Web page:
Autoethnography as a research method in happiness studies


  • Ana Margarida Casau University of Aveiro
  • Marta Ferreira Dias
  • Gabriel Leite Mota
  • Manuel Au-Yong-Oliveira



Autoethnography, Happiness, Well-being, Innovation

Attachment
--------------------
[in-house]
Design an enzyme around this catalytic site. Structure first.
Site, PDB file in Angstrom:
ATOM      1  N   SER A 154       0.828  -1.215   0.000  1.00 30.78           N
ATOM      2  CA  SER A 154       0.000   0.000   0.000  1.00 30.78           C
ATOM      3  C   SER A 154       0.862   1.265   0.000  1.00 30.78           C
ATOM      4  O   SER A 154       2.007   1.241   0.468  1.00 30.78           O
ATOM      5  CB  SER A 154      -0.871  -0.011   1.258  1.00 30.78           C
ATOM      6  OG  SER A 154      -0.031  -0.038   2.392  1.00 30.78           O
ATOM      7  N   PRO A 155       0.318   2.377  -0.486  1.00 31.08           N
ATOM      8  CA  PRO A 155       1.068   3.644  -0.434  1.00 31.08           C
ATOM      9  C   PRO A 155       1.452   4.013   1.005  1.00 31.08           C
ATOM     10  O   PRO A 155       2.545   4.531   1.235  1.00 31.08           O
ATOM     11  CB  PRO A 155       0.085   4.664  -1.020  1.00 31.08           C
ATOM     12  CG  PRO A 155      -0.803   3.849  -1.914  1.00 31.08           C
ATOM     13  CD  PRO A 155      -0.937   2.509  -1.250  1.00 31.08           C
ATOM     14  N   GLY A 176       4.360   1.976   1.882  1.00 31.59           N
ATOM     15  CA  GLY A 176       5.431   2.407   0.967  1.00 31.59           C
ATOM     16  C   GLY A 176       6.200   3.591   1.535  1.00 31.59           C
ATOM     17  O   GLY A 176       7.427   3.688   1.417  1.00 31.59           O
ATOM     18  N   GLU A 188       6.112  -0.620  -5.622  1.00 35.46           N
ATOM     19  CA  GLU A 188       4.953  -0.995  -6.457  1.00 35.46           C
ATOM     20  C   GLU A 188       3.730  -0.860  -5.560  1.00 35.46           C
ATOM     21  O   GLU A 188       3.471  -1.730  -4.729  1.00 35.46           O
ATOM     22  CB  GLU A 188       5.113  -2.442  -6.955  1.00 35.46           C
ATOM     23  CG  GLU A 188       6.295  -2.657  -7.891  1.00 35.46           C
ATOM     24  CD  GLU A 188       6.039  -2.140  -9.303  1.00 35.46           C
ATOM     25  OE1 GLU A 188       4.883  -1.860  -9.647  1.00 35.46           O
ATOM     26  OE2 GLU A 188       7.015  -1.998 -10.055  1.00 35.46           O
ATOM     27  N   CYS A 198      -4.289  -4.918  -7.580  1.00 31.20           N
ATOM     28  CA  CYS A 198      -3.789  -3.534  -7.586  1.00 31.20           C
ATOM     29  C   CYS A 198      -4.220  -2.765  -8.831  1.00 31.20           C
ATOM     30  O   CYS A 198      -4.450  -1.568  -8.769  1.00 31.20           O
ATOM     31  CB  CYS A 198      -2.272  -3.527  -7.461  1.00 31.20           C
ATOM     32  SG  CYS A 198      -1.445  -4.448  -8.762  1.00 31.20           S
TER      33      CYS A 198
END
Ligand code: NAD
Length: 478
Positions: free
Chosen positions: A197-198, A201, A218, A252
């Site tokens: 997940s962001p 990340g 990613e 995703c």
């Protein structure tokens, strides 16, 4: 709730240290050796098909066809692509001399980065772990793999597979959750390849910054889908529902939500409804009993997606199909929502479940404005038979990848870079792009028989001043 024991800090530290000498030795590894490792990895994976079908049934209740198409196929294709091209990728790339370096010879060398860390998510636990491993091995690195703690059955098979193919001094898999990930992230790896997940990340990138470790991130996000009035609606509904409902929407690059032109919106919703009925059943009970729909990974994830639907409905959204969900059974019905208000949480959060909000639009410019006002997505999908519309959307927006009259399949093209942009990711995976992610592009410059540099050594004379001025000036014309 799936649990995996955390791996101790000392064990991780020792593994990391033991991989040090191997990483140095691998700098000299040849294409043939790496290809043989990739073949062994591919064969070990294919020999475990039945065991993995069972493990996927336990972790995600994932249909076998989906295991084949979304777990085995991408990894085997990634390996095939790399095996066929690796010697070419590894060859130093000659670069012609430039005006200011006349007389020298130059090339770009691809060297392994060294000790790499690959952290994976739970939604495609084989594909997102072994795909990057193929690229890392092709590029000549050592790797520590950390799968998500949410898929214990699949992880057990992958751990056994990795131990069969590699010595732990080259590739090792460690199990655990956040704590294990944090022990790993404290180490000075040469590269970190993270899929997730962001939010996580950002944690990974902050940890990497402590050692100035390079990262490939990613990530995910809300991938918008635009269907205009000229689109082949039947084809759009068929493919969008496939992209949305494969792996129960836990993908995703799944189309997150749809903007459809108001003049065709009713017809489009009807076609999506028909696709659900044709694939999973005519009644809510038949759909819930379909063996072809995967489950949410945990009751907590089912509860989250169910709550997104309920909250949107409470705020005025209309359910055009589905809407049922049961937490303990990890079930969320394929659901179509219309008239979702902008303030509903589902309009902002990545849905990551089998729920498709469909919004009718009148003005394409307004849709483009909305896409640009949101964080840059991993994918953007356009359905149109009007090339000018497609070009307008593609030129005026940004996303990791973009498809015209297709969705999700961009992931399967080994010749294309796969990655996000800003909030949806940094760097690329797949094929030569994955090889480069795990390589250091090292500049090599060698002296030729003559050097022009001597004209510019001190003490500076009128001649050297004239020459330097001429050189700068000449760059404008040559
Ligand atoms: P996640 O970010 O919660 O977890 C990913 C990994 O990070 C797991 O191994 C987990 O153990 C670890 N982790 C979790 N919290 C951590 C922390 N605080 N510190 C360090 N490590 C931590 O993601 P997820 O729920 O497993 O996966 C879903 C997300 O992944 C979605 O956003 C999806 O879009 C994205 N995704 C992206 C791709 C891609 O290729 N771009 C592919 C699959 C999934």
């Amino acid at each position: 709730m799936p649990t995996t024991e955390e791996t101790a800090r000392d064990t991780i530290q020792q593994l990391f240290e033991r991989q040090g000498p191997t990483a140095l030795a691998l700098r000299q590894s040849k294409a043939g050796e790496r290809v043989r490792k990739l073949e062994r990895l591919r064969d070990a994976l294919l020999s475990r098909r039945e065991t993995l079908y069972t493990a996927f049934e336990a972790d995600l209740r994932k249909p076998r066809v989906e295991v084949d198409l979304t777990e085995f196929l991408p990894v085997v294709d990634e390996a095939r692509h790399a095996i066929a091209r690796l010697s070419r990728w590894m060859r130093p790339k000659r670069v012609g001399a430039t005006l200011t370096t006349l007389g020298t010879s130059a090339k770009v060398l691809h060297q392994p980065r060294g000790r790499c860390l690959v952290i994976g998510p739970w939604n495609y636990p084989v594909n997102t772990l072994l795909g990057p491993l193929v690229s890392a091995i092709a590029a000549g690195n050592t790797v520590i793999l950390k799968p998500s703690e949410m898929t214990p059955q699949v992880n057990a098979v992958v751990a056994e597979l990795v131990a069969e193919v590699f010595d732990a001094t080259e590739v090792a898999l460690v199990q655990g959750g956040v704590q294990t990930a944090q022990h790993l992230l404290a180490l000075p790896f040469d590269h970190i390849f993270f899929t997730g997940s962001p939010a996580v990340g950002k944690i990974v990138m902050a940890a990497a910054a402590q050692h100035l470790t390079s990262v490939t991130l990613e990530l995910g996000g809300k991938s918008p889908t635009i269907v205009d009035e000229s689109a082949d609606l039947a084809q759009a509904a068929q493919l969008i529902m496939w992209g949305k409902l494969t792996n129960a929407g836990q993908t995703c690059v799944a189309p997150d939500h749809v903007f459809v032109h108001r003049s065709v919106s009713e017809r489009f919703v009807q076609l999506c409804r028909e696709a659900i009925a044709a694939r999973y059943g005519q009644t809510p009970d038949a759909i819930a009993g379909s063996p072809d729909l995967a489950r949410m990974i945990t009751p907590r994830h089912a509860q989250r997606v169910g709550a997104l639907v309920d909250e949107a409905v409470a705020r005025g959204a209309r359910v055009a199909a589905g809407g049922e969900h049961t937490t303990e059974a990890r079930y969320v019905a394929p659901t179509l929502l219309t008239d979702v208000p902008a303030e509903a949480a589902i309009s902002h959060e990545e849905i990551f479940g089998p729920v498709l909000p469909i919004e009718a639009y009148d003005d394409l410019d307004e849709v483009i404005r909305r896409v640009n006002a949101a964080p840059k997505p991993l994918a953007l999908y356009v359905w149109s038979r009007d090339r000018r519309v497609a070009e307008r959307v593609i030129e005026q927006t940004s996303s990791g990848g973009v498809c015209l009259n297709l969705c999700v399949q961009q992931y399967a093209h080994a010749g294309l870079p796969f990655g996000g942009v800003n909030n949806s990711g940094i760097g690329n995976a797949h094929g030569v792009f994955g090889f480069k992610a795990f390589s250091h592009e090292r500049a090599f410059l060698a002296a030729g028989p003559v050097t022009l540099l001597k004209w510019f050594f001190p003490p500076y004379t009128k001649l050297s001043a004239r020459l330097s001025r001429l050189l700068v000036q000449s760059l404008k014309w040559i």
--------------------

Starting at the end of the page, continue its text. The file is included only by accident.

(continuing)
The pursuit of happiness is a fundamental human goal that has been studied by philosophers, theologians, and scientists for centuries. Despite its universal importance, the definition and means of achieving happiness vary greatly across cultures and individual experiences (Uchida, Norasakkunkit and Kitayama, 2004). Cultures have different beliefs, values, and customs that shape their understanding of happiness. For example, some cultures may place a higher value on material wealth and success, while others may prioritize spiritual fulfilment or strong relationships (Joshanloo and Weijers, 2014). In this autoethnographic paper, I reflect on my own personal journey towards happiness during a one-year travel across 22 countries within southern Africa, southeast Asia, and south America, focusing on the first part of the trip – southern Africa. Autoethnography is a qualitative research method that involves the researcher reflecting on their personal experiences and cultural positionality in order to understand and analyse cultural phenomena (Bunyan, 2021). It combines elements of autobiography and ethnography, as the researcher uses their own experiences as a way to explore and understand the cultural context in which they participate (Hamilton, Smith and Worthington, 2008). Through the use of personal narrative and cultural analysis, I delve into the ways in which my own cultural background and societal expectations shaped my understanding of happiness. I also explore the ways in which immersing myself in a new culture and community impacted my pursuit of happiness and well-being. By reflecting on my own experiences and observations, I aim to shed light on the complexities of the pursuit of happiness and the potential for personal and cultural growth that can result from stepping outside of one's comfort zone. Through this autoethnographic lens, we hope to offer a unique and personal perspective on the pursuit of happiness, and to encourage readers to consider the cultural and individual factors that influence their own pursuit of this universal goal. We also reflect on how innovation and technology, essential to business, may not be as important to achieve happiness in certain contexts. This essay is a call for reflection on what truly matters in life.